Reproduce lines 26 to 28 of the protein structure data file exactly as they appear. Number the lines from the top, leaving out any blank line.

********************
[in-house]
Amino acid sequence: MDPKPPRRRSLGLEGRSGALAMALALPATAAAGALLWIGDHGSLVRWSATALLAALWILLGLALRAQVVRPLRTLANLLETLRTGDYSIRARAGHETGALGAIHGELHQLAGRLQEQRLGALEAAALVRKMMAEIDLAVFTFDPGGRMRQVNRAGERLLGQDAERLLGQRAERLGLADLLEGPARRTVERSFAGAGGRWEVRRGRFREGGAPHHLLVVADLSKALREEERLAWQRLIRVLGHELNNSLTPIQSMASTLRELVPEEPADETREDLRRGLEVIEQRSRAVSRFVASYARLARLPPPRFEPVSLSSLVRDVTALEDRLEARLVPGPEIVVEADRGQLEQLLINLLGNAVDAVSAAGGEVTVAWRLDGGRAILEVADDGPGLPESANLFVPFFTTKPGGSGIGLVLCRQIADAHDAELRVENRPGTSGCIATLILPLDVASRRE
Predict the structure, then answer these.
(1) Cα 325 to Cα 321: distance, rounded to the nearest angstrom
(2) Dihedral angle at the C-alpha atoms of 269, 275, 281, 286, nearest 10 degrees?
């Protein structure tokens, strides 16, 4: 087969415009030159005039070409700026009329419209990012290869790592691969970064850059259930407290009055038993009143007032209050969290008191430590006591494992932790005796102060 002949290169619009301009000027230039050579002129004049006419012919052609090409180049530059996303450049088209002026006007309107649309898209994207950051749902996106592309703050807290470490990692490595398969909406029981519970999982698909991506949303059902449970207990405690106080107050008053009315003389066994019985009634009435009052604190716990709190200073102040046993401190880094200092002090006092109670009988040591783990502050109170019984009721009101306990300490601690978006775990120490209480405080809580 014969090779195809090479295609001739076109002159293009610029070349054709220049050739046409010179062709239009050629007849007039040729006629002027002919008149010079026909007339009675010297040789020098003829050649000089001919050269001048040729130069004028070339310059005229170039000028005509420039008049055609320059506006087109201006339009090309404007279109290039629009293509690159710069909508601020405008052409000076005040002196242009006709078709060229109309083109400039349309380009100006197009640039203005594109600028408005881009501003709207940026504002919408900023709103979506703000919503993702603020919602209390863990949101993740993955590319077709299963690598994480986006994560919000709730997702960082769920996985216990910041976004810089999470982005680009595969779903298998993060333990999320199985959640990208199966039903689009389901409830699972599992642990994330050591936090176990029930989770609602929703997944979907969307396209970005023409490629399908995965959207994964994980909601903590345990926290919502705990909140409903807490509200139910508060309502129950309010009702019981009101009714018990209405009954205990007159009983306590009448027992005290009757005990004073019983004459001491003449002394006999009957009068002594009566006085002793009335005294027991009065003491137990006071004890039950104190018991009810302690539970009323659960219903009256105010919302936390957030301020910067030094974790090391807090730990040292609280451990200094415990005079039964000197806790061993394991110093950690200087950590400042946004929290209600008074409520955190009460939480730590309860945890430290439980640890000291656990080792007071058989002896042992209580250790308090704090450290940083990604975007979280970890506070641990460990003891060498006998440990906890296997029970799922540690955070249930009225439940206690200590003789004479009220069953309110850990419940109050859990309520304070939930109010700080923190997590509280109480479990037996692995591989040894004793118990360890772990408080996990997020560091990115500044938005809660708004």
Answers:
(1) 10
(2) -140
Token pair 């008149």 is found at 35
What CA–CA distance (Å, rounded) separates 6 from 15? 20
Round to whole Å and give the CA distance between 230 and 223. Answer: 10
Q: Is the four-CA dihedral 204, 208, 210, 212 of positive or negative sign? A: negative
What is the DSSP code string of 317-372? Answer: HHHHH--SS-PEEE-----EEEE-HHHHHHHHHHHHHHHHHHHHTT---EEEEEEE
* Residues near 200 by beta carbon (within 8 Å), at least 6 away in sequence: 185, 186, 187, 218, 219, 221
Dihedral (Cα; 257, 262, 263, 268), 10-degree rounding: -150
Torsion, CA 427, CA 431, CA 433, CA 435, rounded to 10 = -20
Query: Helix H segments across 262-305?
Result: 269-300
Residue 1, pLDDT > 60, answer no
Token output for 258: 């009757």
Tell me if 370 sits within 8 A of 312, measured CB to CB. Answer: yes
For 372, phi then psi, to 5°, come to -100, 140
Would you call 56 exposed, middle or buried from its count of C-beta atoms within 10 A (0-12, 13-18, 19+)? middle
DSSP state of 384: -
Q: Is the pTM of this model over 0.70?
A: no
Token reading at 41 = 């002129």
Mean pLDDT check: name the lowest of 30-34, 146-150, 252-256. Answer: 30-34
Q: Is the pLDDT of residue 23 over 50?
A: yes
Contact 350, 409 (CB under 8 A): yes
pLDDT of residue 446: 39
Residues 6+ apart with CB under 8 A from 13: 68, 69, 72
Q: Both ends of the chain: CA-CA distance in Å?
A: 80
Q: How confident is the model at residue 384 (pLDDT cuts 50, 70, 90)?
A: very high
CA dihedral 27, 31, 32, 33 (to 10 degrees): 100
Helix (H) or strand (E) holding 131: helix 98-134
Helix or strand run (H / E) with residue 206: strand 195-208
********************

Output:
Q: Is the pTM of this model over 0.70?
A: no
Token reading at 41 = 């002129």